Rafael Guastavino was a Spanish émigré architect who brought to the United
States a centuries-old vernacular method of building fireproof vaults and domes
and adapted it to the steel-frame construction prevalent in this country.
Although Guastavino practiced as an architect in Barcelona and in New York on
his arrival, his career took an unexpected turn through his connection with
Charles McKim and his work at the Boston Public Library in the late 1880s. It
was at this building that Guastavino began to function primarily as a contractor
building vaults and domes. His company, the Guastavino Fireproof Construction
Company, under his leadership and that of his son, Rafael, Jr., was extremely
prolific. By the time the firm closed its door in 1962, they had built vaults,
domes, and other architectural elements in approximately 1,000 buildings in the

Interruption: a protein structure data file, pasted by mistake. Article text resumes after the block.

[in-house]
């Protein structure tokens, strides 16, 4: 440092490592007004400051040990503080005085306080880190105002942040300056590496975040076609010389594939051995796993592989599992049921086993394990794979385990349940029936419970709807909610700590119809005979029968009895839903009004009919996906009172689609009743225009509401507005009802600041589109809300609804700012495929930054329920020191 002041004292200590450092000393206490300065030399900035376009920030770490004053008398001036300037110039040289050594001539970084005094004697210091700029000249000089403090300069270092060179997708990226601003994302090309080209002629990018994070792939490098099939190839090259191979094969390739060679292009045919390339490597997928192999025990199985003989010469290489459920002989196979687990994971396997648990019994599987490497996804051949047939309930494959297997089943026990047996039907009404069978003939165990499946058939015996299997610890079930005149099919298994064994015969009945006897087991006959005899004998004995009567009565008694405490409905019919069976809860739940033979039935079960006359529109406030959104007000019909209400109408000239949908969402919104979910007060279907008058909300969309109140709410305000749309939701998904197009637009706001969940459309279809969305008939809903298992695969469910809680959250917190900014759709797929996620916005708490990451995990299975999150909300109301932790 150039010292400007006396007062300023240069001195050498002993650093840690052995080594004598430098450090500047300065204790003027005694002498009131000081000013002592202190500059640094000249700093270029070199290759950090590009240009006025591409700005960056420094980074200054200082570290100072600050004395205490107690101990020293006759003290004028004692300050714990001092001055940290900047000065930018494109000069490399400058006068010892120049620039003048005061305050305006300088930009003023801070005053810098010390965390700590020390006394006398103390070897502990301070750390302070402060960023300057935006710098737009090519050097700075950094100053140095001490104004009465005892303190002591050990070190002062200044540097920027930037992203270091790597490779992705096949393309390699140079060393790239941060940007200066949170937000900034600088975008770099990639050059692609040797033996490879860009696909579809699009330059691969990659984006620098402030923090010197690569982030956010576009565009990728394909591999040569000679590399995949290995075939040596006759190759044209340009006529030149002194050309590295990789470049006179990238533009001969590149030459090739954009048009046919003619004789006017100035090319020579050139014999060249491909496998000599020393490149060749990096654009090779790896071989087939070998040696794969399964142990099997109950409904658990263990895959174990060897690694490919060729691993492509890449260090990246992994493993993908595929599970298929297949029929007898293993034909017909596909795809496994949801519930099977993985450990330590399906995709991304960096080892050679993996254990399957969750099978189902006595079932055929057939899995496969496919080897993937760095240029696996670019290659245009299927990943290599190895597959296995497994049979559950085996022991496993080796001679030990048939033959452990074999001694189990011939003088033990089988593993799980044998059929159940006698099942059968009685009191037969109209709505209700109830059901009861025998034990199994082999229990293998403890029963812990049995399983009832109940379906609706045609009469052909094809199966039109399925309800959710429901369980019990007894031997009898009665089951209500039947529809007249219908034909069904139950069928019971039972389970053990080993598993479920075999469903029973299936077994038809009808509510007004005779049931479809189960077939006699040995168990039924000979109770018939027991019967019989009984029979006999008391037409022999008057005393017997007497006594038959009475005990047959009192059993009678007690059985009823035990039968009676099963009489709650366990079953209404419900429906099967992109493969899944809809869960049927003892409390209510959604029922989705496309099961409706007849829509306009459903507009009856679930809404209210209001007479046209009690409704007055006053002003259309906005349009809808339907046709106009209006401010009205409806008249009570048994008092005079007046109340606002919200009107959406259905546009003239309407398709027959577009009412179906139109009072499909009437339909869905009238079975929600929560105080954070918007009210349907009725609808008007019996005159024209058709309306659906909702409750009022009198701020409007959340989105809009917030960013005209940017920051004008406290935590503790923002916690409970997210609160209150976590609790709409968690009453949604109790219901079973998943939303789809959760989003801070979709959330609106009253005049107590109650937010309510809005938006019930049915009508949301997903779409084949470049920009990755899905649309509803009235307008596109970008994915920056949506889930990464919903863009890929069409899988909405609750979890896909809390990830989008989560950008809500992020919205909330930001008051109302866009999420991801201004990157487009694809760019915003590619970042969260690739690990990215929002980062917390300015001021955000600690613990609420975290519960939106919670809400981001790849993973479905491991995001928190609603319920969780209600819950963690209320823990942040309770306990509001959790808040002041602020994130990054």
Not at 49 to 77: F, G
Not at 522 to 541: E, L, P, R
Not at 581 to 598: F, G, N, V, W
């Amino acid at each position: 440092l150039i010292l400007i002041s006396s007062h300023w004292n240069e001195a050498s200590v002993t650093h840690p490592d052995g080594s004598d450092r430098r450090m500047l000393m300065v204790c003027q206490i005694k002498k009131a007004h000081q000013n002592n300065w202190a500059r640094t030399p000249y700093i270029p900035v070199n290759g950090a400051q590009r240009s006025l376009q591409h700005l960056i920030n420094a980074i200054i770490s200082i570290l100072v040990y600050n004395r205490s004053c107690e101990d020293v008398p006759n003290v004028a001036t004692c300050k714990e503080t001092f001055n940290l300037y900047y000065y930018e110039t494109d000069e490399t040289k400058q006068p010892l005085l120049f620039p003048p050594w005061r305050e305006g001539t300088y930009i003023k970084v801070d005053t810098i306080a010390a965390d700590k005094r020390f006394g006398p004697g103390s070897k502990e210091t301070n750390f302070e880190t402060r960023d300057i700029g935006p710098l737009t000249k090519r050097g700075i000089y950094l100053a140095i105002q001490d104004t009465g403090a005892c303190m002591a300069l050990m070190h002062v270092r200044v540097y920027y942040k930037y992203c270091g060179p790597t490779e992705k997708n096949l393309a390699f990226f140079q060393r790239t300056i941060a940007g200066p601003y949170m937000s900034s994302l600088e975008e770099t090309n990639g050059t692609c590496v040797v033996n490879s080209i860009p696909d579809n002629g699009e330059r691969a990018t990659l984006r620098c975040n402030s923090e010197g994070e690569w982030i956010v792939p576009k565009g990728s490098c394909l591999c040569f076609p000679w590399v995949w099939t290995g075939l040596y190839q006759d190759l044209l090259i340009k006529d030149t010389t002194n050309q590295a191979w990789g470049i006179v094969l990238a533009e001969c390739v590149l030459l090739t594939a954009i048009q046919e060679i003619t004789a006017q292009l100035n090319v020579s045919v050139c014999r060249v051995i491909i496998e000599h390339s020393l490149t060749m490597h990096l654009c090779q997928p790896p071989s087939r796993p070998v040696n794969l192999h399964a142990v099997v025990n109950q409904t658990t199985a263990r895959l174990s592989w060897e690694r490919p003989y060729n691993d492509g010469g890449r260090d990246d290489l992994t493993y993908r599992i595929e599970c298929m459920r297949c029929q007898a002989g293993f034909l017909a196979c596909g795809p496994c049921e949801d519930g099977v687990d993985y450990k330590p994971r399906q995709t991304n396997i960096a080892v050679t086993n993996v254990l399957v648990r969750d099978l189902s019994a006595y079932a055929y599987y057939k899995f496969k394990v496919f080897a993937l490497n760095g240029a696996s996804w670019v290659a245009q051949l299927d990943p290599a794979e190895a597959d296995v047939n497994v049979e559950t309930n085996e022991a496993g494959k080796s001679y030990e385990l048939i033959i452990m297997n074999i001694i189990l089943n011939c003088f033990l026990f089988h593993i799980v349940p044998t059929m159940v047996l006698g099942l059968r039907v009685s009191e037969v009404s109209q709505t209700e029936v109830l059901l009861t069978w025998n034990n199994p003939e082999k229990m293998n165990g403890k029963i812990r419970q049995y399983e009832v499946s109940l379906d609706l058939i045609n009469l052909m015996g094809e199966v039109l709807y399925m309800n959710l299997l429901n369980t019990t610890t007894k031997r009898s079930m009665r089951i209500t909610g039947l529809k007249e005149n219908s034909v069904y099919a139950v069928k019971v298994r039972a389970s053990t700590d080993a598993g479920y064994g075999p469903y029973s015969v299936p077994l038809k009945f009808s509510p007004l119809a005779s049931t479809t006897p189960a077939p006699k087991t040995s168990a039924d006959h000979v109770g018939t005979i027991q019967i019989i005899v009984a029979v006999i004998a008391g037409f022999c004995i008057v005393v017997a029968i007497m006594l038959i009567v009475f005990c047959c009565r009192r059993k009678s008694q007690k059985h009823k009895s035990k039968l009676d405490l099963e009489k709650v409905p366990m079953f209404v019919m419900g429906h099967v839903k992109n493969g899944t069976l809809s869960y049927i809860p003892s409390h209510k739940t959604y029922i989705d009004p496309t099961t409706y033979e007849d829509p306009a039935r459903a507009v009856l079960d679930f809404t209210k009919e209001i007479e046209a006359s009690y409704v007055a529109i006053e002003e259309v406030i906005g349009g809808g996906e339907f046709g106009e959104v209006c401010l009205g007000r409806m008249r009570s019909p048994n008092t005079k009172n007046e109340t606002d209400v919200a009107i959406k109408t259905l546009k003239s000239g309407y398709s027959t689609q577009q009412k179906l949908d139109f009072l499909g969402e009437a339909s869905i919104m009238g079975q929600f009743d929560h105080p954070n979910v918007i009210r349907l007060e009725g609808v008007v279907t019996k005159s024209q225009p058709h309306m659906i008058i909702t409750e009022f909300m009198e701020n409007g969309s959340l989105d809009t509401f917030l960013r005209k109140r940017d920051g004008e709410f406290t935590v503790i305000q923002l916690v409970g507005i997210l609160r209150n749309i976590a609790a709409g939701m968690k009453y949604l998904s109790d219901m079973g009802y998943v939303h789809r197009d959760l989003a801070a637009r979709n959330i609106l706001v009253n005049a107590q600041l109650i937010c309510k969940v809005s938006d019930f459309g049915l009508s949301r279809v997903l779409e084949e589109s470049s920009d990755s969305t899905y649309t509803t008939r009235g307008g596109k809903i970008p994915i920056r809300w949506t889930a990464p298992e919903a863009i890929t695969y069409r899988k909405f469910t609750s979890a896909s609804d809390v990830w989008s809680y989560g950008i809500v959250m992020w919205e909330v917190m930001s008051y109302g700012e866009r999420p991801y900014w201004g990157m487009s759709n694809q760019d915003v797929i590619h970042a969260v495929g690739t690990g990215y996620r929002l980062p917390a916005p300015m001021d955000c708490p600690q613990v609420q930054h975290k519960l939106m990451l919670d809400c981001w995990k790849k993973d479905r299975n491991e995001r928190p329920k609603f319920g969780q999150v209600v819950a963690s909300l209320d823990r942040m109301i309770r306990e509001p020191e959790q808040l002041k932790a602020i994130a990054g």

United States. Their best known works include the Oyster Bar in Grand Central
Terminal and the dome at the Cathedral of St. John the Divine.
The Guastavinos worked frequently with Bertram Grosvenor Goodhue, the
architect of notable Gothic churches and the Nebraska State Capitol. Goodhue had
an interest in Mexican architecture, which he put to use in his designs for the
Panama-Pacific exposition in San Diego in 1915. These tiles were designed for
the Dater house in Montecito, California, but were also used in San Diego and at
the Goodhue hotel in Colon, Panama. Goodhue, more than any other architect the
Guastavinos worked with, took advantage of the decorative possibilities of the
surfaces of the Guastavino vaults and domes.
The Guastavino papers were saved through the efforts of the late George R.
Collins, Professor of Art History and donated to the University in 1963.
Professor Collins served as custodian and guide to the papers until his
retirement in 1988, when the archives were transferred to the Avery Library.